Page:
( (
÷ ÷
¸ ¸ ¸ ¸
6 10
2 4
(
=
(
÷
¸ ¸
6 10
1
2 4 2
X
(
=
(
÷
¸ ¸
3 5
1 2
(
=
(
÷
¸ ¸
3 4 3 2
1 2 1 2
A B
( (
= =
( (
÷ ÷
¸ ¸ ¸ ¸
and
Applied Example: Production Planning
The management of Acrosonic has decided to increase its
July production of loudspeaker systems by 10%
(over June output).
Find a matrix giving the targeted production for July.
Solution
We have seen that Acrosonic’s total output for June may
be represented by the matrix
210 180 330 180
400 300 450 40
420 280 180 740
B
(
(
=
(
(
¸ ¸
Applied Example: Production Planning
The management of Acrosonic has decided to increase its
July production of loudspeaker systems by 10%
(over June output).
Find a matrix giving the targeted production for July.
Solution
The required matrix is given by
210 180 330 180
(1.1) 1.1 400 300 450 40
420 280 180 740
B
(
(
=
(
(
¸ ¸
231 198 363 198
440 330 495 44
462 308 198 814
(
(
=
(
(
¸ ¸
5.5
Multiplication of Matrices
11 12 13 14
11 12 13
21 22 23 24
21 22 23
31 32 33 34
b b b b
a a a
A B b b b b
a a a
b b b b
(
(
(
= =
(
(
¸ ¸
(
¸ ¸
11 12 13 14
11 12 13
21 22 23 24
21 22 23
31 32 33 34
b b b b
a a a
A B b b b b
a a a
b b b b
(
(
(
= =
(
(
¸ ¸
(
¸ ¸
Size of A (2 ☓ 3) (3 ☓ 4) Size of B
(2 ☓ 4)
Size of AB
Same
Multiplying a Row Matrix by a Column Matrix
If we have a row matrix of size 1☓ n,
And a column matrix of size n ☓ 1,
Then we may define the matrix product of A and B, written
AB, by
1 2 3
[ ]
n
A a a a a = · · ·
1
2
3
n
b
b
B b
b
(
(
(
( =
(
(
(
¸ ¸
1
2
1 2 3 3 1 1 2 2 3 3
[ ]
n n n
n
b
b
AB a a a a b a b a b a b a b
b
(
(
(
( = ··· = + + +··· +
(
(
(
¸ ¸
Example
Let
Find the matrix product AB.
Solution
2
3
[1 2 3 5]
0
1
a d n A B
(
(
(
= ÷ =
(
(
÷
¸ ¸
2
3
[1 2 3 5] (1)(2) ( 2)(3) (3)(0) (5)( 1) 9
0
1
AB
(
(
(
= ÷ = + ÷ + + ÷ = ÷
(
(
÷
¸ ¸
Dimensions Requirement
for Matrices Being Multiplied
Note from the last example that for the multiplication to
be feasible, the number of columns of the row matrix A
must be equal to the number of rows of the column
matrix B.
Dimensions of the Product Matrix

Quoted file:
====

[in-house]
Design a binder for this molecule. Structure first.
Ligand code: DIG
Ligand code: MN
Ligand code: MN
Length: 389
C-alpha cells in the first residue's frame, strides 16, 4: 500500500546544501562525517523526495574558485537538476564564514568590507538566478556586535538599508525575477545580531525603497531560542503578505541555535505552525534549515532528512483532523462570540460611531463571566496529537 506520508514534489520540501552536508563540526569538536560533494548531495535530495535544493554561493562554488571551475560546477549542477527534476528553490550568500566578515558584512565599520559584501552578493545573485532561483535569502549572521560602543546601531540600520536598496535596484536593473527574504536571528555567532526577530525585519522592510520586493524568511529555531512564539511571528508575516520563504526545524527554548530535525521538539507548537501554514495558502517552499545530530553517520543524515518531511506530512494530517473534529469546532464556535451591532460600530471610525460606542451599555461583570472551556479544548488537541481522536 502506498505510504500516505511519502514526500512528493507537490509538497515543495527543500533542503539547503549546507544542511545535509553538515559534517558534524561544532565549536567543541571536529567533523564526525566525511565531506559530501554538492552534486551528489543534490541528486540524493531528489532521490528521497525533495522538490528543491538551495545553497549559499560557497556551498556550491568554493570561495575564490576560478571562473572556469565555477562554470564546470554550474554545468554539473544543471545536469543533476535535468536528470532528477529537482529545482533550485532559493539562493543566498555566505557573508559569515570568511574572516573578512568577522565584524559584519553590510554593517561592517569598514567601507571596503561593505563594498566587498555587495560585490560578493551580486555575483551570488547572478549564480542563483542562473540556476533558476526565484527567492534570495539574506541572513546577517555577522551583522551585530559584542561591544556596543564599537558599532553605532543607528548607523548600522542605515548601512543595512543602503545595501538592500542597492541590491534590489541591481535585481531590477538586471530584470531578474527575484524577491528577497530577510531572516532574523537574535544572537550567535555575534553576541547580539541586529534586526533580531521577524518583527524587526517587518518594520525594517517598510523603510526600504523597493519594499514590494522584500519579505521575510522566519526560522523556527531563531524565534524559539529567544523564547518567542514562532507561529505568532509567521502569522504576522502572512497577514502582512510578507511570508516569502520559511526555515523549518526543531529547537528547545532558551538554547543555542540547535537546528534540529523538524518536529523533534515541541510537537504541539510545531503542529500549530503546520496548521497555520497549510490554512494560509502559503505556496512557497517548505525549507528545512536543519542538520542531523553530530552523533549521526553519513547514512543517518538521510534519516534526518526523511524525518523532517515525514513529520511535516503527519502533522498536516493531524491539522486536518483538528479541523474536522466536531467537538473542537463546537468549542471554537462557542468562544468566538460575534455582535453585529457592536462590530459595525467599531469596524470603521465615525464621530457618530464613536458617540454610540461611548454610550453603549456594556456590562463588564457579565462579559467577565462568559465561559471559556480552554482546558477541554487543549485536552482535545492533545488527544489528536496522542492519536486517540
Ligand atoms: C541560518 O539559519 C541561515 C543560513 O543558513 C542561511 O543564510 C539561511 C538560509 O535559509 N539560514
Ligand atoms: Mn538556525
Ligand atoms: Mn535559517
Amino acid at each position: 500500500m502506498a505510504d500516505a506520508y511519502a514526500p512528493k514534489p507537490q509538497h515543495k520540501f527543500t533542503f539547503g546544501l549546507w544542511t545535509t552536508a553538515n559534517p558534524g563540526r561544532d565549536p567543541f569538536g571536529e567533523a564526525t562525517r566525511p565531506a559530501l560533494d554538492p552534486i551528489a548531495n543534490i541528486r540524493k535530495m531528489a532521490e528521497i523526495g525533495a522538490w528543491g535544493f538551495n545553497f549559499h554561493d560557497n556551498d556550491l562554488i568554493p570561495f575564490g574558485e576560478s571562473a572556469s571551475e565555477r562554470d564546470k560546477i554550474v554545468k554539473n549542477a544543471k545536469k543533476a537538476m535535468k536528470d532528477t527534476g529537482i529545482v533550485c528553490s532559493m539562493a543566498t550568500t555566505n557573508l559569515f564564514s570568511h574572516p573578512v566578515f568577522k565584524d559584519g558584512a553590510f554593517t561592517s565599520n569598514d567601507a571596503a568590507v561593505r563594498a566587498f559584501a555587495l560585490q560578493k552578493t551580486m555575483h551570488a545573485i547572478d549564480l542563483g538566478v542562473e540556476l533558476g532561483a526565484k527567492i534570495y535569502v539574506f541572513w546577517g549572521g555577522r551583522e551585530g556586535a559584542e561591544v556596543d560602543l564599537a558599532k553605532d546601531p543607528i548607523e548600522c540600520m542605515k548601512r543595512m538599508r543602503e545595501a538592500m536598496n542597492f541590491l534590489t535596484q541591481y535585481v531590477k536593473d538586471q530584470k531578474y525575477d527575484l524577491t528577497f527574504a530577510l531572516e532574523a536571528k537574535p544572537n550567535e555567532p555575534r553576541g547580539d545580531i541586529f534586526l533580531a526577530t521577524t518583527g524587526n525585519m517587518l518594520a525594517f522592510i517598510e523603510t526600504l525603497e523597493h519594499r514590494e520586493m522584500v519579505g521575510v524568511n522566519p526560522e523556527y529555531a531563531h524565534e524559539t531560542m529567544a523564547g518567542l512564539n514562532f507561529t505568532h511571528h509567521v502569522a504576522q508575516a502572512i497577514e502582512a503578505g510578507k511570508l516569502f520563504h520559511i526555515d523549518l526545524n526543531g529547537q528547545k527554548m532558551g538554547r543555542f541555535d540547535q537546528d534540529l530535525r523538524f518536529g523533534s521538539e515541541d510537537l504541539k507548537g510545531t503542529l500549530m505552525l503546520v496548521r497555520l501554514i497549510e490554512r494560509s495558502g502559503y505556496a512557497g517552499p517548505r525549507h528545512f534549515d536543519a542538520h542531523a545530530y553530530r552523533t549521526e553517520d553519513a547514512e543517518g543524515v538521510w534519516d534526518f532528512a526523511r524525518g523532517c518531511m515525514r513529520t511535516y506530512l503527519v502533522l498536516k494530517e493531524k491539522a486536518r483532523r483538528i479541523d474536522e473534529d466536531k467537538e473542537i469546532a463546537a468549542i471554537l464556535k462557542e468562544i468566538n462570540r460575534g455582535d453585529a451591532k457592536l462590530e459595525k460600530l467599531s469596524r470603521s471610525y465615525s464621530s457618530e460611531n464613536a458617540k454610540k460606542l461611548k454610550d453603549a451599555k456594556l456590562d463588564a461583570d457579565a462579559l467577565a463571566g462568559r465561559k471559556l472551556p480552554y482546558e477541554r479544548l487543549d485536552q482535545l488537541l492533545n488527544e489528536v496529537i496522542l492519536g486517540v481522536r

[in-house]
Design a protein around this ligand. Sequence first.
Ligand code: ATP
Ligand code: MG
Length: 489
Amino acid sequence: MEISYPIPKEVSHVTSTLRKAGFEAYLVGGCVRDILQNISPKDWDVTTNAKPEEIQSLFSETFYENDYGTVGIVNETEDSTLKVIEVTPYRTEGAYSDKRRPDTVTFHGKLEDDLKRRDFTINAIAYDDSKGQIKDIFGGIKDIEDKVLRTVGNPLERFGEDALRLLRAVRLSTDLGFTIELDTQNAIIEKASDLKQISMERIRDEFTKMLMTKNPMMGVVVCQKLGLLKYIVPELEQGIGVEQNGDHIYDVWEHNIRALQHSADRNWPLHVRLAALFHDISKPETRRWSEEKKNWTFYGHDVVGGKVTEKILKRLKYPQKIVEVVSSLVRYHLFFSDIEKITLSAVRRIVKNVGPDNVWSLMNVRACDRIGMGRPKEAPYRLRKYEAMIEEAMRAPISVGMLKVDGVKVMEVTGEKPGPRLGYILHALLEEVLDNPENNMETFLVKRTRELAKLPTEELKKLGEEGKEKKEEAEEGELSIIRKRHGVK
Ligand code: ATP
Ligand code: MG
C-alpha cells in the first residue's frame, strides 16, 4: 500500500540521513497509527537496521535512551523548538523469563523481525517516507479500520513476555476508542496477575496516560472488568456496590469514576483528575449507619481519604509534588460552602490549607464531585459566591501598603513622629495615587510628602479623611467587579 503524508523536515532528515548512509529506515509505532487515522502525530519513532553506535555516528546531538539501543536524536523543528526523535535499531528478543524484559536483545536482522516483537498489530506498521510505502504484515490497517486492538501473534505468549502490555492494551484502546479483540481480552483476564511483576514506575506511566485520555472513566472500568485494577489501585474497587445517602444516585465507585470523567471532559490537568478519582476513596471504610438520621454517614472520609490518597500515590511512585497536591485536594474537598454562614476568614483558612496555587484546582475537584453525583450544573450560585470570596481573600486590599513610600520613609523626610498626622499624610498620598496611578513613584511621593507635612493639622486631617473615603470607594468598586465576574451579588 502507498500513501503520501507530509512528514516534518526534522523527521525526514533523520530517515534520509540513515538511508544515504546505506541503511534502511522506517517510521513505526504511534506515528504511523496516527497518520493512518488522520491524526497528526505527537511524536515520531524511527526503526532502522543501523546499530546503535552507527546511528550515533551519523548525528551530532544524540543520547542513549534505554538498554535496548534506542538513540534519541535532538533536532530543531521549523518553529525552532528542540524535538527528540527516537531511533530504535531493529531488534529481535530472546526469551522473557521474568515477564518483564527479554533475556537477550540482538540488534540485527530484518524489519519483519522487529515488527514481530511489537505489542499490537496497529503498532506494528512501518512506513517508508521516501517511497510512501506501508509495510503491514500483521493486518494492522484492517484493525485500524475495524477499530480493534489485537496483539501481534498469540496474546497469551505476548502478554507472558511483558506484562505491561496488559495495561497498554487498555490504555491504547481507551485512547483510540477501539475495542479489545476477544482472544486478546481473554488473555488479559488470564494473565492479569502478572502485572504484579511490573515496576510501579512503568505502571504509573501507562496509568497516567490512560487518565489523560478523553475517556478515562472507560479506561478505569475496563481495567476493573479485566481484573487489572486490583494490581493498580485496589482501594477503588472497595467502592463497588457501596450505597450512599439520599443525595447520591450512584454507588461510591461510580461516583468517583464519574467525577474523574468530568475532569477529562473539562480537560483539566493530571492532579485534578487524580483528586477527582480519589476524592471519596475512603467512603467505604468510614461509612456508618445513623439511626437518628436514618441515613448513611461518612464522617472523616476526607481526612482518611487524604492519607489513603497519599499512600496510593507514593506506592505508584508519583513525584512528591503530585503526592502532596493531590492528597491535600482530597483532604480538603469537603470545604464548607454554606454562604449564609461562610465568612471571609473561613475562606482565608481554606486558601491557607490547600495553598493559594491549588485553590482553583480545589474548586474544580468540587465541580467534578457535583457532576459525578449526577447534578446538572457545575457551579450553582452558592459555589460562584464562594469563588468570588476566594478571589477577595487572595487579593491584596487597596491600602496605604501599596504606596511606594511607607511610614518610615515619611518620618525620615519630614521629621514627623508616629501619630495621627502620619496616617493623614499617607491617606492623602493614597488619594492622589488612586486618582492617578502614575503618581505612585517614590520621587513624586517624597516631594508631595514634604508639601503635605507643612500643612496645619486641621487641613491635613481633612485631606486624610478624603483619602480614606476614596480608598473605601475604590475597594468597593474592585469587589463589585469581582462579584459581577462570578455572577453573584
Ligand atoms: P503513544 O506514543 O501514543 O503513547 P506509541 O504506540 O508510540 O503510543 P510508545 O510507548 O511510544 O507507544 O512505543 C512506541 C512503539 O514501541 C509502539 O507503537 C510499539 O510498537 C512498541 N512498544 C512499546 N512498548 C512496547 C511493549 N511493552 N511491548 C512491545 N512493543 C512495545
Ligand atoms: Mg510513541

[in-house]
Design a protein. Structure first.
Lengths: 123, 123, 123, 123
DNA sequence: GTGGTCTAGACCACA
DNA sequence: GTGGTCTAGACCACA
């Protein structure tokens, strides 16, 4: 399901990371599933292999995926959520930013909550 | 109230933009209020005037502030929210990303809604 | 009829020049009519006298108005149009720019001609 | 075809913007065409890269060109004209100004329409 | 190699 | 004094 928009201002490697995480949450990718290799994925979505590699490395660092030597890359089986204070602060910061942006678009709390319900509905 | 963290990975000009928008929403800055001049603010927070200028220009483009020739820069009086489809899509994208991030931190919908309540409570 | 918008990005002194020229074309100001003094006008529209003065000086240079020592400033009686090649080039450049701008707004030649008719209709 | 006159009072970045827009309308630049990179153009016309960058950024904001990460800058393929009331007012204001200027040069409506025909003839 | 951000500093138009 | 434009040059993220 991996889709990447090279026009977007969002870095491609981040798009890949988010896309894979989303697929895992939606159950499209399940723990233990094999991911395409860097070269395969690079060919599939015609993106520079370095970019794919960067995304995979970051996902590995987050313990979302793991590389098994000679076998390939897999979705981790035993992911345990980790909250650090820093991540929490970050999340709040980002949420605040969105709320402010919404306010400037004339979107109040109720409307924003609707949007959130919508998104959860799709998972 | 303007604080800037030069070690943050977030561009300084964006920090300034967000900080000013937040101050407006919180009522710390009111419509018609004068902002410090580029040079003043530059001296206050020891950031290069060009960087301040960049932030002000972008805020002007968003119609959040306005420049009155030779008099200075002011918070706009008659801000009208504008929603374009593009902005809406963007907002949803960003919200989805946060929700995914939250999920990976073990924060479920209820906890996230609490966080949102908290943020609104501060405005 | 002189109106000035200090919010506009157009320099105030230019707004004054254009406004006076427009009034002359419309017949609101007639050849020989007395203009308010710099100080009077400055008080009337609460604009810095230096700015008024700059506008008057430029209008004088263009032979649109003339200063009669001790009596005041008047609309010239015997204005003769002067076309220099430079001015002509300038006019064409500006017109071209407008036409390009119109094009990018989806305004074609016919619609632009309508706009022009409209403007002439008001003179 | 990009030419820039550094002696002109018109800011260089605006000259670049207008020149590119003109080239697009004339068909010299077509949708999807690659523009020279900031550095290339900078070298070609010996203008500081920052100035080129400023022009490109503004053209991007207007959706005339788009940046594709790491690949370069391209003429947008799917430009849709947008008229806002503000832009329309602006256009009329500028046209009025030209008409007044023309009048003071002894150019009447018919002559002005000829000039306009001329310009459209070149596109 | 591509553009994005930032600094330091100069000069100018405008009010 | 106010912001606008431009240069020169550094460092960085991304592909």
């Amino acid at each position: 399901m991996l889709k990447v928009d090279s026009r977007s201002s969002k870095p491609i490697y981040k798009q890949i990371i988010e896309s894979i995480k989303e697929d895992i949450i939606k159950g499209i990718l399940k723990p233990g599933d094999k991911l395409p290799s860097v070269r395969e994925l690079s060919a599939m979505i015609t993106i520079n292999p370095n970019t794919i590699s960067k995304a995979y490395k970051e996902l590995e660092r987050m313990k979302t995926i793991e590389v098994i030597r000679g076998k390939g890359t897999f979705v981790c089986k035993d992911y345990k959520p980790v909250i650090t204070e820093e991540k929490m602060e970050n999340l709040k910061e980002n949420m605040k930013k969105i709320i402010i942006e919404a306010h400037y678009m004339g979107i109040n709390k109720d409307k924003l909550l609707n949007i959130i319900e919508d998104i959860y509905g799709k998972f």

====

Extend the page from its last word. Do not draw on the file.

From last example, note that the product matrix AB has
size 1 ☓ 1.
This has to do with the fact that we are multiplying a row
matrix with a column matrix.
We can establish the dimensions of a product matrix
schematically:
Size of A (1 ☓ n) (n ☓ 1) Size of B
Size of AB
(1 ☓ 1)
Same
Dimensions of the Product Matrix
More generally, if A is a matrix of size m ☓ n and B is a
matrix of size n ☓ p, then the matrix product of A and B,
AB, is defined and is a matrix of size m ☓ p.
Schematically:
The number of columns of A must be the same as the
number of rows of B for the multiplication to be feasible.
Size of A (m ☓ n) (n ☓ p) Size of B
Size of AB
(m ☓ p)
Same
Mechanics of Matrix Multiplication
To see how to compute the product of a 2 ☓ 3 matrix A and
a 3 ☓ 4 matrix B, suppose
From the schematic
we see that the matrix product C = AB is feasible (since the
number of columns of A equals the number of rows of B) and
has size 2 ☓ 4.
11 12 13 14
11 12 13
21 22 23 24
21 22 23
31 32 33 34
b b b b
a a a
A B b b b b
a a a
b b b b
(
(
(
= =
(
(
¸ ¸
(
¸ ¸
Size of A (2 ☓ 3) (3 ☓ 4) Size of B
Size of AB
(2 ☓ 4)
Same
Mechanics of Matrix Multiplication
To see how to compute the product of a 2 ☓ 3 matrix A and
a 3 ☓ 4 matrix B, suppose
Thus,
To see how to calculate the entries of C consider entry c
11
:
11 12 13 14
21 22 23 24
c c c c
C
c c c c
(
=
(
¸ ¸
11
11 11 12 13 21 11 11 12 21 13 31
31
[ ]
b
c a a a b a b a b a b
b
(
(
= = + +
(
(
¸ ¸
11 12 13 14
11 12 13
21 22 23 24
21 22 23
31 32 33 34
b b b b
a a a
A B b b b b
a a a
b b b b
(
(
(
= =
(
(
¸ ¸
(
¸ ¸
Mechanics of Matrix Multiplication
To see how to compute the product of a 2 ☓ 3 matrix A and
a 3 ☓ 4 matrix B, suppose
Thus,
Now consider calculating the entry c
12
:
11 12 13 14
21 22 23 24
c c c c
C
c c c c
(
=
(
¸ ¸
12
12 11 12 13 22 11 12 12 22 13 32
32
[ ]
b
c a a a b a b a b a b
b
(
(
= = + +
(
(
¸ ¸
11 12 13 14
11 12 13
21 22 23 24
21 22 23
31 32 33 34
b b b b
a a a
A B b b b b
a a a
b b b b
(
(
(
= =
(
(
¸ ¸
(
¸ ¸
Mechanics of Matrix Multiplication
To see how to compute the product of a 2 ☓ 3 matrix A and
a 3 ☓ 4 matrix B, suppose
Thus,
Now consider calculating the entry c
21
:
11 12 13 14
21 22 23 24
c c c c
C
c c c c
(
=
(
¸ ¸
11
21 21 22 23 21 21 11 22 21 23 31
31
[ ]
b
c a a a b a b a b a b
b
(
(
= = + +
(
(
¸ ¸
11 12 13 14
11 12 13
21 22 23 24
21 22 23
31 32 33 34
b b b b
a a a
A B b b b b
a a a
b b b b
(
(
(
= =
(
(
¸ ¸
(
¸ ¸
Mechanics of Matrix Multiplication
To see how to compute the product of a 2 ☓ 3 matrix A and
a 3 ☓ 4 matrix B, suppose
Thus,
Other entries are computed in a similar manner.
11 12 13 14
21 22 23 24
c c c c
C
c c c c
(
=
(
¸ ¸
11 12 13 14
11 12 13
21 22 23 24
21 22 23
31 32 33 34
b b b b
a a a
A B b b b b
a a a
b b b b
(
(
(
= =
(
(
¸ ¸
(
¸ ¸
Example
Let
Compute AB.
Solution
Since the number of columns of A is equal to the number
of rows of B, the matrix product C = AB is defined.
The size of C is 2 ☓ 3.